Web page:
Apart from the initial shock, it was one of the best showers I have ever had.
Why don't we use more solar energy?
It’s free after all and this amount of heat was seriously impressive. Despite my now sore shoulders.
An evening meal of bread and a little salad followed. And a chat with the girl caretakers. There didn't appear to be many staff working there. I counted 5 in total.
I plugged in my phone and camera to charge and at sunset the light went off.
Solar power is not entirely great then.
One of the girls brought me a candle.
“The power comes on about 6 am” She told me.
I was invited to breakfast and the girls had prepared a delicious pasta and vegetable soup.
And Coca leaf tea.
I would imagine like most, you might think this tea is a highly potent chemical mix giving you a tremendous high and a kick in the pants start to the day.
I think I got more of a buzz from Green tea.
It is no more a stimulant than Red bull, Coca-Cola or I imagine, a strong coffee.
It has a pleasant slightly sweet and bitter taste but personally, I didn't find it that exciting.
Each leaf typically has around 0.03% of the chemical alkaloid that people so desire. And is harmless in its raw state.
Only when it is intensively chemically processed does it become the dangerous and illegal drug Cocaine.
After a brief guided tour of the derelict facilities. It was explained to me that the government didn't invest much time or money in the station any more.
It still served an important function as the Vicuñas are an endangered species but the facility does not attract significant numbers of tourists any more.
The museum was a little old and tired and while the girls there were very enthusiastic, it was clear they were struggling having to spend weeks at at time away from friends and family and with no communications with the rest of the world.
“ The facilities were destroyed by the terrorist groups in the 1980’s. They cut the cables and communications as they didn't want the government knowing what they were doing. So they came and vandalised the property. Stole the equipment and destroyed everything.”
Even though they are no longer a threat, the Peruvian government has not released the funds to restore the property.
They see priorities elsewhere like most other governments .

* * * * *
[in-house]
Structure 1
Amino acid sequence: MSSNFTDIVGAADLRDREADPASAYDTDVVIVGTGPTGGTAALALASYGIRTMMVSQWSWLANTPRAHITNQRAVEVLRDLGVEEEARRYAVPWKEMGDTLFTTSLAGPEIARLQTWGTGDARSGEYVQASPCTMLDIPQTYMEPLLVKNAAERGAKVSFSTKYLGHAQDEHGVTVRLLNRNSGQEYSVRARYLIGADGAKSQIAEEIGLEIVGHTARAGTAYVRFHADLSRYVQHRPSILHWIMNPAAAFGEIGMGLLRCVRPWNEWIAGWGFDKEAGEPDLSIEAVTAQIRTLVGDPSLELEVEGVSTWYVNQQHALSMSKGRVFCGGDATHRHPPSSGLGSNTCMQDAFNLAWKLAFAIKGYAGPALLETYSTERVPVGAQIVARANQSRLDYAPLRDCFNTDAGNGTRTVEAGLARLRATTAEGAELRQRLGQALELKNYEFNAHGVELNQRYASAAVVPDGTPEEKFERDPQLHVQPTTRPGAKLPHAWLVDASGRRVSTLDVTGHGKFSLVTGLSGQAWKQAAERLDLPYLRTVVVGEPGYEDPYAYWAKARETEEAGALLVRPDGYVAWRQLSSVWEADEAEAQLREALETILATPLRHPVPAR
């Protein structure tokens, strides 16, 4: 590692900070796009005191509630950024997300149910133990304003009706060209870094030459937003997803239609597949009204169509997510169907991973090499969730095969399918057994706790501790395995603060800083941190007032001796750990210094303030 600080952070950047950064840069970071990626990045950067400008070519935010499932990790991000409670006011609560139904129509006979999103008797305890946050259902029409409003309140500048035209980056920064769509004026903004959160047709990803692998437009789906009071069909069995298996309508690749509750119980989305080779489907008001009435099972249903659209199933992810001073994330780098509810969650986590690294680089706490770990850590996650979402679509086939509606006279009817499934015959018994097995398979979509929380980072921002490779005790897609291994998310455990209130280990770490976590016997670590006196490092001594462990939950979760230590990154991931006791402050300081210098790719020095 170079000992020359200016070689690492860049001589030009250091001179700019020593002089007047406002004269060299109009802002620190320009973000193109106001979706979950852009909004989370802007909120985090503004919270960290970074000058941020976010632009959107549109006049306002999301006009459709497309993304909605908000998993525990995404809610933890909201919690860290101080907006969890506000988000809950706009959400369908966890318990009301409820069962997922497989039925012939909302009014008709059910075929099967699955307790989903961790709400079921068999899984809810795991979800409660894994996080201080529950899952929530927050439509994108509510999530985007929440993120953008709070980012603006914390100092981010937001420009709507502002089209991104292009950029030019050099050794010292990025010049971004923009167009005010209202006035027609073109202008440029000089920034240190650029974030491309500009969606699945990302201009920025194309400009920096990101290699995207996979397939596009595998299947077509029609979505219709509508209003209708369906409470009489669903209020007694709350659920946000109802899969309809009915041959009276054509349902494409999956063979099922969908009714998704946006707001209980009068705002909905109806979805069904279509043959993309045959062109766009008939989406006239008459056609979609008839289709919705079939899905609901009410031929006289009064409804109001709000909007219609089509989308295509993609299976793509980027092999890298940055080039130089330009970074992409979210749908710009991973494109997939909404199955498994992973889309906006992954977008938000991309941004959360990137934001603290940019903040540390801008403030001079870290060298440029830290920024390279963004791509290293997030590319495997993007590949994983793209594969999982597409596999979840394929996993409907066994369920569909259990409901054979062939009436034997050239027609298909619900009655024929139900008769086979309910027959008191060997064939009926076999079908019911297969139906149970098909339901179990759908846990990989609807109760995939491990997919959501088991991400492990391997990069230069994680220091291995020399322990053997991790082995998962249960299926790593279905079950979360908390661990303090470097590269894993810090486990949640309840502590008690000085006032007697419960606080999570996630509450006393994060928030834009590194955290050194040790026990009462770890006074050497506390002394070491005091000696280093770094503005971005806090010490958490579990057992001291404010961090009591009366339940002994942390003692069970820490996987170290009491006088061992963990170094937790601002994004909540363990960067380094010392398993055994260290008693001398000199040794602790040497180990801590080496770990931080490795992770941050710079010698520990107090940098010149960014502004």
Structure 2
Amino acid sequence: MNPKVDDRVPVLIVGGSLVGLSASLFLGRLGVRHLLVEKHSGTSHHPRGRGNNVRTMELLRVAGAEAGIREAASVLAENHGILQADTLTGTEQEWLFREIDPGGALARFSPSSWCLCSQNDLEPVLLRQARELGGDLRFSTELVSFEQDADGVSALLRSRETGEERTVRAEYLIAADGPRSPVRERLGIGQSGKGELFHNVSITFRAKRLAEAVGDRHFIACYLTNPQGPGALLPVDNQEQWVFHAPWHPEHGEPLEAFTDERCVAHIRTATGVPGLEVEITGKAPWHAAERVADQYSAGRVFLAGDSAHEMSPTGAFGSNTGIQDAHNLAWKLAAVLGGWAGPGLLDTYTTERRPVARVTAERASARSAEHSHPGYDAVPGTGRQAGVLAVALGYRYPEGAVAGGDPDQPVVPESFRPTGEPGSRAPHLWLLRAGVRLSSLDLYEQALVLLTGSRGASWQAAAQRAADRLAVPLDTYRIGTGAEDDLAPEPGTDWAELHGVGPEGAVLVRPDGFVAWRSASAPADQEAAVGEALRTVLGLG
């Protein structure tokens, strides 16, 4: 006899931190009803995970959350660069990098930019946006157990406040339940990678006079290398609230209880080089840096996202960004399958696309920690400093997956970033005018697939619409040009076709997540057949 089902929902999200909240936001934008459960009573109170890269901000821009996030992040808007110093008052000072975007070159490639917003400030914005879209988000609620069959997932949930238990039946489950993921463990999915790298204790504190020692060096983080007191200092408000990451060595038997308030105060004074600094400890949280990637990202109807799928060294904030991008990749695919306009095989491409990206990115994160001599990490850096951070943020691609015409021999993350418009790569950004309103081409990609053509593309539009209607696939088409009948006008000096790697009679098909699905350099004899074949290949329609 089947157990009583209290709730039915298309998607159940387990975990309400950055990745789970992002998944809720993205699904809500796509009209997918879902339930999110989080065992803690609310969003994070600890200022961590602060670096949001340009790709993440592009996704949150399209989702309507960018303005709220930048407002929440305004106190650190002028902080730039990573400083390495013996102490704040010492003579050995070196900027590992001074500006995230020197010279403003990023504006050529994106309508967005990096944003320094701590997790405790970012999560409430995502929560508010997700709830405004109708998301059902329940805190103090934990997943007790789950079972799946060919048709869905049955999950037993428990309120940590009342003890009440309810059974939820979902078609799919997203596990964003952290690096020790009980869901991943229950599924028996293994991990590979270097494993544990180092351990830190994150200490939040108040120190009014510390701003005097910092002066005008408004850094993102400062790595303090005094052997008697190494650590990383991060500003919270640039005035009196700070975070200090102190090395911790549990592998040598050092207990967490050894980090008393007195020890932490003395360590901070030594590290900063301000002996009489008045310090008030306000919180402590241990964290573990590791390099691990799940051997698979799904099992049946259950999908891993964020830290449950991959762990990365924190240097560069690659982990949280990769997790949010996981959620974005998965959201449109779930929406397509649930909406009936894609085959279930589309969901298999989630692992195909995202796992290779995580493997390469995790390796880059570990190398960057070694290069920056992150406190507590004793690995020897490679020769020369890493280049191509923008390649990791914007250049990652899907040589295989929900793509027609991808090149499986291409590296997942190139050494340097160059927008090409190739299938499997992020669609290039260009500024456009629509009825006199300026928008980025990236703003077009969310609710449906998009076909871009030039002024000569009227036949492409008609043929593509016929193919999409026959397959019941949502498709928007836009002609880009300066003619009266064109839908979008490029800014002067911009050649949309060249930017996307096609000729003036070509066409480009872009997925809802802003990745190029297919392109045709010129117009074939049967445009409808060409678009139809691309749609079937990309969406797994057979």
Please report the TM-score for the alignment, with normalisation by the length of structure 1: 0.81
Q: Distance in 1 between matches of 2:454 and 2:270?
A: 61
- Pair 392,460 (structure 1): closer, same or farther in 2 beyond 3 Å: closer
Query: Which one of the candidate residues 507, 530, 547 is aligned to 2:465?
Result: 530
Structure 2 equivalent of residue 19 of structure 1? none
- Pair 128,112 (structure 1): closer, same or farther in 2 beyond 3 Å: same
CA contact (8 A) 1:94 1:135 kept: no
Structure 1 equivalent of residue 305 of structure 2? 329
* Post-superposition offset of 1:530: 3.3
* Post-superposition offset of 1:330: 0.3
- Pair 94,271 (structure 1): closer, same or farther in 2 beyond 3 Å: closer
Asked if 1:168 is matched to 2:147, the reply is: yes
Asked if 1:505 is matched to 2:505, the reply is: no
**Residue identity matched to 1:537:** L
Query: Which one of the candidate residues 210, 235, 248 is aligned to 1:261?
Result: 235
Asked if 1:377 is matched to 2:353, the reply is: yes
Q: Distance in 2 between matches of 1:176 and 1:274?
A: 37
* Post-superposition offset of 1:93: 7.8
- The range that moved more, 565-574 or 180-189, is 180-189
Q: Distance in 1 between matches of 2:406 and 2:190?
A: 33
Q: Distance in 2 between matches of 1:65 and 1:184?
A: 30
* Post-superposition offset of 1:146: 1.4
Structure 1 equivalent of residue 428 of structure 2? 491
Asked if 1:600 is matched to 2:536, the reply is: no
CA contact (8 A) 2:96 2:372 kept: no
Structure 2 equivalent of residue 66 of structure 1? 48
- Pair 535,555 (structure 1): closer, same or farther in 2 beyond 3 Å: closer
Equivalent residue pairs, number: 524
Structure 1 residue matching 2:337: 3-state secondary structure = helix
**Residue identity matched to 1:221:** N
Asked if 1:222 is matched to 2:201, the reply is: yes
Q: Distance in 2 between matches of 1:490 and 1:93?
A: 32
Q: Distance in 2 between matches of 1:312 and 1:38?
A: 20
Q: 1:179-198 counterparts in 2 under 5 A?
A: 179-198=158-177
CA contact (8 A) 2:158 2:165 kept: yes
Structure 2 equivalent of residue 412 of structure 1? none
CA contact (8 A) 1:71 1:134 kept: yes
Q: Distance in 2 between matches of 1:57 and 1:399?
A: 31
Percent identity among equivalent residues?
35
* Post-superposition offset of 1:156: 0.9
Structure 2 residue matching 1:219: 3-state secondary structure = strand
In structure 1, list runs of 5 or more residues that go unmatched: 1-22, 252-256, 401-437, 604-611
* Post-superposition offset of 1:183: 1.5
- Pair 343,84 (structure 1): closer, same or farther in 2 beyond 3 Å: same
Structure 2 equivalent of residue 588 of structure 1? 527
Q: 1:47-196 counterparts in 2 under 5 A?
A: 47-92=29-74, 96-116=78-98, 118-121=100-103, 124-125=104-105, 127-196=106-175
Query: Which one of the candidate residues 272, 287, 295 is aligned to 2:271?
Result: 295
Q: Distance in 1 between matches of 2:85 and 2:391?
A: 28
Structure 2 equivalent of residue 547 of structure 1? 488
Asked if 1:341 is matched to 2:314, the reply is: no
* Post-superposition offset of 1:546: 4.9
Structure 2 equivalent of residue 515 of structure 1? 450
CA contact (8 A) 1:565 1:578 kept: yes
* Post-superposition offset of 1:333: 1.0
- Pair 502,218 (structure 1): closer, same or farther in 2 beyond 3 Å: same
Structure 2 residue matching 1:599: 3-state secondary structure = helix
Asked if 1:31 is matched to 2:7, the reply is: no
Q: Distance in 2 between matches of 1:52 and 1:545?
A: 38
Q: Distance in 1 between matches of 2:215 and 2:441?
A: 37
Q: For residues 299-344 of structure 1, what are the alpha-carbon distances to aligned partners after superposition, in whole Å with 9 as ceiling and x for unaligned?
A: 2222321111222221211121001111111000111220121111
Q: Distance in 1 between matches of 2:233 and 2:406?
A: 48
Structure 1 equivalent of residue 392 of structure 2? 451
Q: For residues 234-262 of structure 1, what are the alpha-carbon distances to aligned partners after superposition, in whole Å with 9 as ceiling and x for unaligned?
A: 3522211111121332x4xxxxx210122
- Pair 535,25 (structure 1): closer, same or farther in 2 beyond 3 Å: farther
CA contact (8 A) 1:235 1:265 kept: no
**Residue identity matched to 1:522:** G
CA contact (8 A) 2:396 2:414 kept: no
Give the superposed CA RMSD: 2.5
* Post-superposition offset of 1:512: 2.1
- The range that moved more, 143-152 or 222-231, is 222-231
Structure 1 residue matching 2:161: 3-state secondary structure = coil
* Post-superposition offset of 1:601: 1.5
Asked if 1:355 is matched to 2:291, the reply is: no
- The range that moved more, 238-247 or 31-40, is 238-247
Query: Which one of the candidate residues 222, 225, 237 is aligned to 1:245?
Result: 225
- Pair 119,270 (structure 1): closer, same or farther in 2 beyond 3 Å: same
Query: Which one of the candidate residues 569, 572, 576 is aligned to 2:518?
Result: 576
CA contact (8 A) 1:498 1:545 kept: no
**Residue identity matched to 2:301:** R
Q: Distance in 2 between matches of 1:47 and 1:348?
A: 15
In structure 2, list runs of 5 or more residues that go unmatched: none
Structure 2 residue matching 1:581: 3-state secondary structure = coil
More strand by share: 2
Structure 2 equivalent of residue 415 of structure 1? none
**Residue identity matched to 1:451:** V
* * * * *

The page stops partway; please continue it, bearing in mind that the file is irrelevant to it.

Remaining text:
I cycled to Puquio and stayed in a hotel there. Then struggled up and over a huge pass towards Abancay.
I had to hitch a lift here. I was exhausted.
The height and altitude has left me struggling to breathe. My speed and daily distance has dropped and worryingly I am suffering with nausea and nose bleeds. I wake up most nights struggling to breathe as my nose is blocked and chest tight.
It was a tough few days.
From Abancay I decided to take the bus the final leg to Cusco. And I am glad I did.
A very steep climb out of the mountainside town and up into the cloud forest.
The bus arrived in Cusco after being delayed by some political protest that held up all the traffic on a narrow bridge for over 2 hours.
Seeing diggings and roadworks, I assumed at first it was maintenance, but when we finally moved passed, it was clear there was nothing happening apart from the Police moving groups of people back into there vehicles so we could pass.
Cusco is a pure tourist town.
I managed to find a cheapish hostel away from the centre and settled in.
Walking round the Plaza de Armas, I was quickly reminded why I generally avoid tourist centres.
Too many Gringos taking photos making noise and generally getting in the way.
While beautiful and busy, it was too busy for my type of travelling.
I was irritated already. More so when I asked the price of something to see it was around twice what I had paid only a day or so before in rural Peru.
But the beginning of a Car rally livened things up a bit!
By chance I found out that my cheap little hostel was almost next door to the Hotel where BBC radio 1 DJ John Peel died in 2004.
While most of the world would probably not know who he was, to me he was an influential music DJ whose radio show I listened to during my teens. Especially at night when I was in pain and suffering with Colitis.
His music selections was eccentric and eclectic to say the least.
And just my style.
I have never been one to follow the world of celebrities and stardom, but I do remember feeling a little sad when his death from an altitude related heart attack was announced on the radio.
I wandered in and decided to have a meal in the restaurant in the evening. A sort of tribute.
Later that afternoon though, I enquired about tours to Macchu Picchu and got quotes between $250 and $800!!
They all seemed to offer more or less the same package. So why the huge price differences?
I didn't work it out.
I can't afford that, and am not willing to pay that either.
It may be one of the great wonders of the world, but it cannot justify that money.
I knew Max and Dev had been, so sent them a message on how they managed it.
Also Pedro, my host in Cuenca, Ecuador had done it cheaply too so was prepared to send him a message as well.